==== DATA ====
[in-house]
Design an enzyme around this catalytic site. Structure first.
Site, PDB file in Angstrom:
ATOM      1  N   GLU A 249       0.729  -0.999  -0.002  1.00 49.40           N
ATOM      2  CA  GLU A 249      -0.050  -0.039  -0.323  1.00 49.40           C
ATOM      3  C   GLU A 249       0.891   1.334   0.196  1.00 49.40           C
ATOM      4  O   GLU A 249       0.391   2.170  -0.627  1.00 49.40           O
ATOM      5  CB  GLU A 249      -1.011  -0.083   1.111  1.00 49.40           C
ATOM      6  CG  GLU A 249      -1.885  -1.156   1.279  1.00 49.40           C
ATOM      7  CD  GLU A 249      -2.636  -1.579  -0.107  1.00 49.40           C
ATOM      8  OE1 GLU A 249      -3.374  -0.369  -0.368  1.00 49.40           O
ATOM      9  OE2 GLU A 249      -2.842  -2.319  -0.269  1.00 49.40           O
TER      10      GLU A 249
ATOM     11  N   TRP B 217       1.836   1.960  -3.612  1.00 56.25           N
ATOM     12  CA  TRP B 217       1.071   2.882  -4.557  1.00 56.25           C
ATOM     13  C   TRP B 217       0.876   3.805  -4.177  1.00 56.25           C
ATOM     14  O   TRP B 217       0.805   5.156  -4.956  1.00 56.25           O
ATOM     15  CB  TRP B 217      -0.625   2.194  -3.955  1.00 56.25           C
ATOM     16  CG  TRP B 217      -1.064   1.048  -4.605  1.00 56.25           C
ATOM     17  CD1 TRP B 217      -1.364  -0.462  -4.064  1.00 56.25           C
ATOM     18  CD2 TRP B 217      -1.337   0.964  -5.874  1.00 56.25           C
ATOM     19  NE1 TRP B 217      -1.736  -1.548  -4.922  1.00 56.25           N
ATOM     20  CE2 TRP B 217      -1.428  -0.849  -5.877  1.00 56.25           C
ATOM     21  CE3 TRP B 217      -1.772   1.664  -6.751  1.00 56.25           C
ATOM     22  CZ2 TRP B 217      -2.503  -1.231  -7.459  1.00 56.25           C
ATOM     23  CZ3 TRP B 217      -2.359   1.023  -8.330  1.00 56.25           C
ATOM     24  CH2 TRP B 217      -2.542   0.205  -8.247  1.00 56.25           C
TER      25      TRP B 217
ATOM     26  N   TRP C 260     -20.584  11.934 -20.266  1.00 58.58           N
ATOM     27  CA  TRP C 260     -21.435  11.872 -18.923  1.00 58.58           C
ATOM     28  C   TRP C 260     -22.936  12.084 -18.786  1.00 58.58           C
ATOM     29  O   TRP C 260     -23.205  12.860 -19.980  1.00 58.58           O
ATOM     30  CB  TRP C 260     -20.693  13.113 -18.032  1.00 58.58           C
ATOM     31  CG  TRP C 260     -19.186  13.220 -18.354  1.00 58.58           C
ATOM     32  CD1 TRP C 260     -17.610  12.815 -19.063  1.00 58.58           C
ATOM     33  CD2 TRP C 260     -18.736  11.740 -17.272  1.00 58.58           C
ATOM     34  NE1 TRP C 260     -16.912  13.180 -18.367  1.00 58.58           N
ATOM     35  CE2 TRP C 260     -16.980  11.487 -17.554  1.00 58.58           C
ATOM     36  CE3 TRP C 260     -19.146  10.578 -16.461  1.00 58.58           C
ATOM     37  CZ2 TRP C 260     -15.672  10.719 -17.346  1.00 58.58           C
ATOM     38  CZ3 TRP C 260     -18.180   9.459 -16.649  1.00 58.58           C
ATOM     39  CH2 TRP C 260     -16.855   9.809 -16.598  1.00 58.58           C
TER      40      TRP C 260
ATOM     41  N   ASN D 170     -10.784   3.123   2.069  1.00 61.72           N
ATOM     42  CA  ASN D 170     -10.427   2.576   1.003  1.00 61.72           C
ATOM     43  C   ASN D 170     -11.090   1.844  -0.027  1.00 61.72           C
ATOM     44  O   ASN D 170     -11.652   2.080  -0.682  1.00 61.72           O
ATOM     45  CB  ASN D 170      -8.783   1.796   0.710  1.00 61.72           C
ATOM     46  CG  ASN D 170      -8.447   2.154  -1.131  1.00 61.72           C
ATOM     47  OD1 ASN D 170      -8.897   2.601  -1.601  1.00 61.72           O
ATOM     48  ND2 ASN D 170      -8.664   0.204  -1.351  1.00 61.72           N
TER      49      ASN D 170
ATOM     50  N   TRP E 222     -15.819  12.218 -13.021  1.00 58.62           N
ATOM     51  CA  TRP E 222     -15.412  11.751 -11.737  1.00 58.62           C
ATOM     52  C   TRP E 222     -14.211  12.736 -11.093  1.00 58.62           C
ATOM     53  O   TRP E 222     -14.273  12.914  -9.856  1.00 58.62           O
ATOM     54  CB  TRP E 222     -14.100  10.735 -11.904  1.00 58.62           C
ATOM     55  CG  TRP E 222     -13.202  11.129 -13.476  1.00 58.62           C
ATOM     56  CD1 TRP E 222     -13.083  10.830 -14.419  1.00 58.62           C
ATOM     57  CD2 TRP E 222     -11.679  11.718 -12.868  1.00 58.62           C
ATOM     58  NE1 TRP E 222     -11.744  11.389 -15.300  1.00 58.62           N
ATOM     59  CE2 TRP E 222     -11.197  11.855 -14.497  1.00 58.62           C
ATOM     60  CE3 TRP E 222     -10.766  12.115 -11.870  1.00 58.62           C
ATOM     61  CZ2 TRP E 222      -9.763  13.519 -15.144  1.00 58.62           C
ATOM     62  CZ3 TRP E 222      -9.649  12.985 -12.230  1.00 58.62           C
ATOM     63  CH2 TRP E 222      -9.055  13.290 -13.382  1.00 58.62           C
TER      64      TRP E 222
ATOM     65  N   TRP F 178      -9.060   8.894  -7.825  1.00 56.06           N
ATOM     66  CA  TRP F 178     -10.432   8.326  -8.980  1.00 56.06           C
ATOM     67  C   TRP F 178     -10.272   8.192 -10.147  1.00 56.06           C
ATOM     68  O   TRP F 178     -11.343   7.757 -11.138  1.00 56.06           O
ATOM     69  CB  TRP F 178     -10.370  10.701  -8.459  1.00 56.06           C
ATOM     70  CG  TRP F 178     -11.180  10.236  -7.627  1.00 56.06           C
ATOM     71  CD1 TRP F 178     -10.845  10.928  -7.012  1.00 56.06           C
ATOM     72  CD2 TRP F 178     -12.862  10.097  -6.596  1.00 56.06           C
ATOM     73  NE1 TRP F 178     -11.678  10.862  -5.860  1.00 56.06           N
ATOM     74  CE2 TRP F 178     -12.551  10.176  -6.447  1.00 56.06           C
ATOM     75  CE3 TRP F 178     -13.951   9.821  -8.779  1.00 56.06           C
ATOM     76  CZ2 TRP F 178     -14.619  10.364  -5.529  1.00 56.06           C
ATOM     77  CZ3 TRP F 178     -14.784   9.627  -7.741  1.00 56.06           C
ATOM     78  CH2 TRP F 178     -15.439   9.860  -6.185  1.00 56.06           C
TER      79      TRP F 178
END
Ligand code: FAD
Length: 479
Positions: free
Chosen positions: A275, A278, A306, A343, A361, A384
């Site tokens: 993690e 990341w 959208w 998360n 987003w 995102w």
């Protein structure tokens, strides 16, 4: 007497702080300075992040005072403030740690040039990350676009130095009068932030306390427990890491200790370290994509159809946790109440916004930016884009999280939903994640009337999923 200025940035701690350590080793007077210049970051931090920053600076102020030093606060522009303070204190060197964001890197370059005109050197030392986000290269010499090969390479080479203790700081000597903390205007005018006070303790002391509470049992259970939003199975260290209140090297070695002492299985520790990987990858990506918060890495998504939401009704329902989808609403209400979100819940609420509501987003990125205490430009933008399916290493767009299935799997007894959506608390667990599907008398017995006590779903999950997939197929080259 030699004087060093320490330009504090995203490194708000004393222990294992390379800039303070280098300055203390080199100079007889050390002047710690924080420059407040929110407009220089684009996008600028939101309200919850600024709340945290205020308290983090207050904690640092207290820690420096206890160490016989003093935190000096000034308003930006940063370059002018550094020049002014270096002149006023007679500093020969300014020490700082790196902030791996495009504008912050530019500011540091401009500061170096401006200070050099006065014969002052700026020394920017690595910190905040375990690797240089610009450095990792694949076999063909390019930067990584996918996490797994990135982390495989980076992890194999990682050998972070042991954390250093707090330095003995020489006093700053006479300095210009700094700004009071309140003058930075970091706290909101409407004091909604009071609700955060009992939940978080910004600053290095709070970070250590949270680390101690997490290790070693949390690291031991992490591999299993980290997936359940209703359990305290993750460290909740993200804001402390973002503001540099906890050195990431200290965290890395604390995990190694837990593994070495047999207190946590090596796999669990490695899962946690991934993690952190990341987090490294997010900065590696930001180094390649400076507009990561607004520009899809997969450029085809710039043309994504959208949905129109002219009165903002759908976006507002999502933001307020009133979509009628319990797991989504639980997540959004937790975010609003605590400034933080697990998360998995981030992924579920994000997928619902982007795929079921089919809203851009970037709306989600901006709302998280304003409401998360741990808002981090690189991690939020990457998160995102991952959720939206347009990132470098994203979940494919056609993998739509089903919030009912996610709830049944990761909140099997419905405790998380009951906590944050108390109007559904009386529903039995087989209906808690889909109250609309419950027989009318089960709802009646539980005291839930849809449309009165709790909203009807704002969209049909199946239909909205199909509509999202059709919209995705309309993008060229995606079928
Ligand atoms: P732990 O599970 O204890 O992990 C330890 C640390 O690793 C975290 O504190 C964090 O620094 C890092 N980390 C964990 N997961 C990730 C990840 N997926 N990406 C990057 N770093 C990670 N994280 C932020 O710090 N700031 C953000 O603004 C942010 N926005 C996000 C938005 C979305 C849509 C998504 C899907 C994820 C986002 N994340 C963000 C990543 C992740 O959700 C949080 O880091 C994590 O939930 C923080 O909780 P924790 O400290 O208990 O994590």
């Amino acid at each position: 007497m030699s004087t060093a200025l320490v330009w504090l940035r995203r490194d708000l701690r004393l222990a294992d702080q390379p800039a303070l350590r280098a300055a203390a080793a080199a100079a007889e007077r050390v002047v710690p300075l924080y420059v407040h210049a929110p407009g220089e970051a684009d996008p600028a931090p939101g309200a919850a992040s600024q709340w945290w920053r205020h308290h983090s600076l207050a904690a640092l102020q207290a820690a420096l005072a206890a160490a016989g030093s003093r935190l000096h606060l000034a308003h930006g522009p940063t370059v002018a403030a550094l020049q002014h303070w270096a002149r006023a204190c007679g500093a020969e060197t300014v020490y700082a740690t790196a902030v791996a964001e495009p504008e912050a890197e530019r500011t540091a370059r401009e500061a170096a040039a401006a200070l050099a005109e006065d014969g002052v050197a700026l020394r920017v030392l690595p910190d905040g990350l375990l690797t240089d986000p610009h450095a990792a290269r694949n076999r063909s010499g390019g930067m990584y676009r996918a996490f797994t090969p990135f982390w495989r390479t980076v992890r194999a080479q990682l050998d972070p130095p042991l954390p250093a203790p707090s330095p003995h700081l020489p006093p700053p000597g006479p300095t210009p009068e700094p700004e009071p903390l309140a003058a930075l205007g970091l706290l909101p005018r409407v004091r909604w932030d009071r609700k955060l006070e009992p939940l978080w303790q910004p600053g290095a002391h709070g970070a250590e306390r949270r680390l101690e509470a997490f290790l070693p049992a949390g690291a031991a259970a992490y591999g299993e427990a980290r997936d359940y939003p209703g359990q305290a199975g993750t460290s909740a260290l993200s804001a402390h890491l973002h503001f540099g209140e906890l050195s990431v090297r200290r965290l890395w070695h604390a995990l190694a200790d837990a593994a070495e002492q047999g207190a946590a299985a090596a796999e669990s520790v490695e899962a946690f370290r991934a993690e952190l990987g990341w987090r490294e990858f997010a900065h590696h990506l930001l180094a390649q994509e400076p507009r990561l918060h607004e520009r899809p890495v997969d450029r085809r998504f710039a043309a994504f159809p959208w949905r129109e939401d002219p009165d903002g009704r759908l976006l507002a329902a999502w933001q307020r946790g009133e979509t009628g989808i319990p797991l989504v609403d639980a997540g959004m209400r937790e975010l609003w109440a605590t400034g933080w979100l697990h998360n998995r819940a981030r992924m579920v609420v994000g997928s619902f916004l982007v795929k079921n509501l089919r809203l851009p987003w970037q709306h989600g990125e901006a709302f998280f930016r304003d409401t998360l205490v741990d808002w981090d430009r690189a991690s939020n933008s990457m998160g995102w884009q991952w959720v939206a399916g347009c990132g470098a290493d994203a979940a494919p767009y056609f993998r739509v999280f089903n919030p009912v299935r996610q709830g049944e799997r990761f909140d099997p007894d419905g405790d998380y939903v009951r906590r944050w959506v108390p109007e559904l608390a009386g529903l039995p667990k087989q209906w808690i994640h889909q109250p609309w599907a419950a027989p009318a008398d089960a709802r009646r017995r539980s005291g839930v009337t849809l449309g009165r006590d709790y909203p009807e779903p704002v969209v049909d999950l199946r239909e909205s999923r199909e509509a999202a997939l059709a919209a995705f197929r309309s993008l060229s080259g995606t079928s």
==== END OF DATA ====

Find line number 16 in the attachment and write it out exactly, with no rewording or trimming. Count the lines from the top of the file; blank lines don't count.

ATOM     13  C   TRP B 217       0.876   3.805  -4.177  1.00 56.25           C